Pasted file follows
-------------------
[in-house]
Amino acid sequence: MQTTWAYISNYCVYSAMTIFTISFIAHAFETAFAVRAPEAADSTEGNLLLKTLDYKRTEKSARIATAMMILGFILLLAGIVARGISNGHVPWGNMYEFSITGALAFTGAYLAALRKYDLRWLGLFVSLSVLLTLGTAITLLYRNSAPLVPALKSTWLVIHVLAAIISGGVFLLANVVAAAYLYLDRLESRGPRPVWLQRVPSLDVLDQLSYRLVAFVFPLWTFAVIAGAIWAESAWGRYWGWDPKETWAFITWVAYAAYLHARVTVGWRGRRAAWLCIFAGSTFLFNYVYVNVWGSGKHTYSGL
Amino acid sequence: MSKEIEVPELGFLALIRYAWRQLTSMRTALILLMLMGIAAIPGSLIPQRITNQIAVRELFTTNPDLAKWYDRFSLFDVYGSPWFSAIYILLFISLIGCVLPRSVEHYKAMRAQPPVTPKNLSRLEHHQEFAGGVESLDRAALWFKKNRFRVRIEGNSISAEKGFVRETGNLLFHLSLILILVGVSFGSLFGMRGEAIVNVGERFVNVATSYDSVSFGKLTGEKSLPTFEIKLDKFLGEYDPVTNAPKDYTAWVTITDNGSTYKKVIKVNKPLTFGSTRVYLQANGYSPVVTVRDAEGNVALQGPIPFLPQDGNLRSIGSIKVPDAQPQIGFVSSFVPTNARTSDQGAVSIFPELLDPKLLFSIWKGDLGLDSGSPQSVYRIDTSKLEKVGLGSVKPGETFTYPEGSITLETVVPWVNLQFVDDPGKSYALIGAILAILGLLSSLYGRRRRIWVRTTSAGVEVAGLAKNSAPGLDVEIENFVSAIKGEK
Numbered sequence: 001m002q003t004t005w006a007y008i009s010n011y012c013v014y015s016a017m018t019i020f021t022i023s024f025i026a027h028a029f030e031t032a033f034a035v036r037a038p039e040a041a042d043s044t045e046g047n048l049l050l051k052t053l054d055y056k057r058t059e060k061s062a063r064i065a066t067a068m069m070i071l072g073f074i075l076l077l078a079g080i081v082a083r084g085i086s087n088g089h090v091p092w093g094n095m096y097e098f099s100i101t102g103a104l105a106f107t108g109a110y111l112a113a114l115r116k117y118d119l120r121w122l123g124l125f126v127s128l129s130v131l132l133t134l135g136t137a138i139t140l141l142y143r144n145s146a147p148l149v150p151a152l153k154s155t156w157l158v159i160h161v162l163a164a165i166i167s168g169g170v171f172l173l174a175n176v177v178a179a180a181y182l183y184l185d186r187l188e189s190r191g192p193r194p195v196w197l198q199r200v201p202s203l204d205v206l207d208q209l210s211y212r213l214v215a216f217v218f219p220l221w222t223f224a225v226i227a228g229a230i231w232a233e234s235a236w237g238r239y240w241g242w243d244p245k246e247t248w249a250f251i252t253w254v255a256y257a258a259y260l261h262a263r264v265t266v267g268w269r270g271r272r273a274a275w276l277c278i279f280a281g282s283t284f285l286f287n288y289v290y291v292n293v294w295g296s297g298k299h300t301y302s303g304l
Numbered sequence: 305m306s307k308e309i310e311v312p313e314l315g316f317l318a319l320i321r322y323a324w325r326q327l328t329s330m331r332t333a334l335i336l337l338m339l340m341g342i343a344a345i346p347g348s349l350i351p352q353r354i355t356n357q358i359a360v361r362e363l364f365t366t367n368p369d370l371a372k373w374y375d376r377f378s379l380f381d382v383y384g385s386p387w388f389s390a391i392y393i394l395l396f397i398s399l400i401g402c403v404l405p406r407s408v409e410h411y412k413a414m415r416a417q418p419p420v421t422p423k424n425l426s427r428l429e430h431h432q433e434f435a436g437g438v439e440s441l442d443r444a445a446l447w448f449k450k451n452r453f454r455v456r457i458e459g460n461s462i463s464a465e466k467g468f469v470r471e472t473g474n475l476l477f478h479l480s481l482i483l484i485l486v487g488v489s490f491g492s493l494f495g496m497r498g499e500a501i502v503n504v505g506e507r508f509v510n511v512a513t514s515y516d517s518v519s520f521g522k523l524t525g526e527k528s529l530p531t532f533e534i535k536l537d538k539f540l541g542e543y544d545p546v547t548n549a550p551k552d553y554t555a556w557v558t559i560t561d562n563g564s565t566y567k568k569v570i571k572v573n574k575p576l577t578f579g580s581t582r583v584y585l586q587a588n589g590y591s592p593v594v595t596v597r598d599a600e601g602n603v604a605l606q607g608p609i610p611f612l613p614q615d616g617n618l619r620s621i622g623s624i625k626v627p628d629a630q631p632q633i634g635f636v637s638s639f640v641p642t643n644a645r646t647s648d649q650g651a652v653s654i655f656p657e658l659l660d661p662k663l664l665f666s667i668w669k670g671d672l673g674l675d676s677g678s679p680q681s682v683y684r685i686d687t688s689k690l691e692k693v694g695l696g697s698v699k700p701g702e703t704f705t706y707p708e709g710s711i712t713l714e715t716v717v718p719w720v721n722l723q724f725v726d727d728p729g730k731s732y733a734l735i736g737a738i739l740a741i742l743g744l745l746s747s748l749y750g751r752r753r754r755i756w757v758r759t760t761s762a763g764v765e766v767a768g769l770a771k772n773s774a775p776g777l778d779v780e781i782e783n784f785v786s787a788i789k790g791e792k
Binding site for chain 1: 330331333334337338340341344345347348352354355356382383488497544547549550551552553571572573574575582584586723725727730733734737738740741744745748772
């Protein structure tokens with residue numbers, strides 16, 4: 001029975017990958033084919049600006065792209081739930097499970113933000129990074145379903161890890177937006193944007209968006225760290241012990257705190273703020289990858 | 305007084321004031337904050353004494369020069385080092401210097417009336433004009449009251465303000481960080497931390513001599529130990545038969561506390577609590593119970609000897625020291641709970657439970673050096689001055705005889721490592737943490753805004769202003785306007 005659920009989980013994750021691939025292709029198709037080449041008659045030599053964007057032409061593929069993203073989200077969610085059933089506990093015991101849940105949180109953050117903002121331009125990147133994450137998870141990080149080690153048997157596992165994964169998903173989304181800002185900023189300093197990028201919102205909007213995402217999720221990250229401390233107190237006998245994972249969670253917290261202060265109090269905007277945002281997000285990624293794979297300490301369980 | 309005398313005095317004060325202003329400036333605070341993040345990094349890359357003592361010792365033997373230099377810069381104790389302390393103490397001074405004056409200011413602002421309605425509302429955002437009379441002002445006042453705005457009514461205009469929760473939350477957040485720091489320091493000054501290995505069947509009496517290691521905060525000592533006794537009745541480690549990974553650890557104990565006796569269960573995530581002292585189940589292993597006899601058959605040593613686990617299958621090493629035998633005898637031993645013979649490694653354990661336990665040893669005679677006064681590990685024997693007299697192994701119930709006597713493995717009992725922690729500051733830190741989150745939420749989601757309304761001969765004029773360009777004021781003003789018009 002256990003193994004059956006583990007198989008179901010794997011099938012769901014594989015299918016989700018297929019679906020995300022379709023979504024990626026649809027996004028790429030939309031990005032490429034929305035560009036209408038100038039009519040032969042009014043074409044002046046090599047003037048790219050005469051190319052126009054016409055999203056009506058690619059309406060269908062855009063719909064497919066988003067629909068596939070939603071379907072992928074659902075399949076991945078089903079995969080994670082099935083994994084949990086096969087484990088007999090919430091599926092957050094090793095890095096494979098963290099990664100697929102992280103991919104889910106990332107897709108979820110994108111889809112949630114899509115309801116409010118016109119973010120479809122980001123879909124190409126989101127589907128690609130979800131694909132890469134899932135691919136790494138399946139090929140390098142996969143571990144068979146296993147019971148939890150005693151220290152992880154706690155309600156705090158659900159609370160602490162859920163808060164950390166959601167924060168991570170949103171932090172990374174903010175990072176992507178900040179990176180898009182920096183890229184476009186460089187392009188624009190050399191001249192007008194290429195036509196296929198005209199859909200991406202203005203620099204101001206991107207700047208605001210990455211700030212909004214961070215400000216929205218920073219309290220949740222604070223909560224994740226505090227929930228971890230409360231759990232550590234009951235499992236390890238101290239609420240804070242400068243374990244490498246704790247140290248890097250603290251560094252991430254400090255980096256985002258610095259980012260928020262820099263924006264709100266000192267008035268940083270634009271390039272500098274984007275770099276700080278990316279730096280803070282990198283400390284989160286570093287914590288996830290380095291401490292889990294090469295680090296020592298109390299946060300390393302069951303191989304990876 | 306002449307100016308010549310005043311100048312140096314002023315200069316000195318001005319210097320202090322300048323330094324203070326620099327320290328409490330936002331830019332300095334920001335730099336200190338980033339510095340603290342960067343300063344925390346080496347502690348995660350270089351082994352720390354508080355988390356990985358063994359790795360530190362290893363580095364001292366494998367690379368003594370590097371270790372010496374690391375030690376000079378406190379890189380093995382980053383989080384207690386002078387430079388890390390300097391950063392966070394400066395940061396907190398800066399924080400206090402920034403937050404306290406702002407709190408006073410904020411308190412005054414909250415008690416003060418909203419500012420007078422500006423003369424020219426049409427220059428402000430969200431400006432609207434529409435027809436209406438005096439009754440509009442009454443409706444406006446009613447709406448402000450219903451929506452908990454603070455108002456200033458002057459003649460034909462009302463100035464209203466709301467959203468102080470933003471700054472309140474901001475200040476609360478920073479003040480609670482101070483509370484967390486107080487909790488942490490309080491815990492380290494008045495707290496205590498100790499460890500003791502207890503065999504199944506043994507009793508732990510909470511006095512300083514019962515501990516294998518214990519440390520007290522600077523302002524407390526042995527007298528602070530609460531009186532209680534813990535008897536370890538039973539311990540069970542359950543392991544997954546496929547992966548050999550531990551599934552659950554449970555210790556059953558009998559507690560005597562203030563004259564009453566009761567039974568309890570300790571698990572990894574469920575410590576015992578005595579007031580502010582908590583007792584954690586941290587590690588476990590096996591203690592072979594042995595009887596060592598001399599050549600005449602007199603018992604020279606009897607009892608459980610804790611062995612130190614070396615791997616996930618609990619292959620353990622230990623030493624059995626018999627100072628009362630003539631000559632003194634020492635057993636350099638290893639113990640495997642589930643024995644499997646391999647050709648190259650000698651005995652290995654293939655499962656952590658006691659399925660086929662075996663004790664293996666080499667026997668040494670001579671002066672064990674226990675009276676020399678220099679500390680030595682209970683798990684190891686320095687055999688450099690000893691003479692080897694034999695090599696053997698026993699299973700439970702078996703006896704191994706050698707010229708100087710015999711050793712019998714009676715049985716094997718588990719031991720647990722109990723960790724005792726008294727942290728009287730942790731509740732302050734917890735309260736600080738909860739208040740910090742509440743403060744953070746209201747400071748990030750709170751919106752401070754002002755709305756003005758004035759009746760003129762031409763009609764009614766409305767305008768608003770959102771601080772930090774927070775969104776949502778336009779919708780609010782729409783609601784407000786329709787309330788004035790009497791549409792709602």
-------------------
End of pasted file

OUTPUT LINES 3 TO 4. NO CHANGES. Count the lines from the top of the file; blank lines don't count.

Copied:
Amino acid sequence: MSKEIEVPELGFLALIRYAWRQLTSMRTALILLMLMGIAAIPGSLIPQRITNQIAVRELFTTNPDLAKWYDRFSLFDVYGSPWFSAIYILLFISLIGCVLPRSVEHYKAMRAQPPVTPKNLSRLEHHQEFAGGVESLDRAALWFKKNRFRVRIEGNSISAEKGFVRETGNLLFHLSLILILVGVSFGSLFGMRGEAIVNVGERFVNVATSYDSVSFGKLTGEKSLPTFEIKLDKFLGEYDPVTNAPKDYTAWVTITDNGSTYKKVIKVNKPLTFGSTRVYLQANGYSPVVTVRDAEGNVALQGPIPFLPQDGNLRSIGSIKVPDAQPQIGFVSSFVPTNARTSDQGAVSIFPELLDPKLLFSIWKGDLGLDSGSPQSVYRIDTSKLEKVGLGSVKPGETFTYPEGSITLETVVPWVNLQFVDDPGKSYALIGAILAILGLLSSLYGRRRRIWVRTTSAGVEVAGLAKNSAPGLDVEIENFVSAIKGEK
Numbered sequence: 001m002q003t004t005w006a007y008i009s010n011y012c013v014y015s016a017m018t019i020f021t022i023s024f025i026a027h028a029f030e031t032a033f034a035v036r037a038p039e040a041a042d043s044t045e046g047n048l049l050l051k052t053l054d055y056k057r058t059e060k061s062a063r064i065a066t067a068m069m070i071l072g073f074i075l076l077l078a079g080i081v082a083r084g085i086s087n088g089h090v091p092w093g094n095m096y097e098f099s100i101t102g103a104l105a106f107t108g109a110y111l112a113a114l115r116k117y118d119l120r121w122l123g124l125f126v127s128l129s130v131l132l133t134l135g136t137a138i139t140l141l142y143r144n145s146a147p148l149v150p151a152l153k154s155t156w157l158v159i160h161v162l163a164a165i166i167s168g169g170v171f172l173l174a175n176v177v178a179a180a181y182l183y184l185d186r187l188e189s190r191g192p193r194p195v196w197l198q199r200v201p202s203l204d205v206l207d208q209l210s211y212r213l214v215a216f217v218f219p220l221w222t223f224a225v226i227a228g229a230i231w232a233e234s235a236w237g238r239y240w241g242w243d244p245k246e247t248w249a250f251i252t253w254v255a256y257a258a259y260l261h262a263r264v265t266v267g268w269r270g271r272r273a274a275w276l277c278i279f280a281g282s283t284f285l286f287n288y289v290y291v292n293v294w295g296s297g298k299h300t301y302s303g304l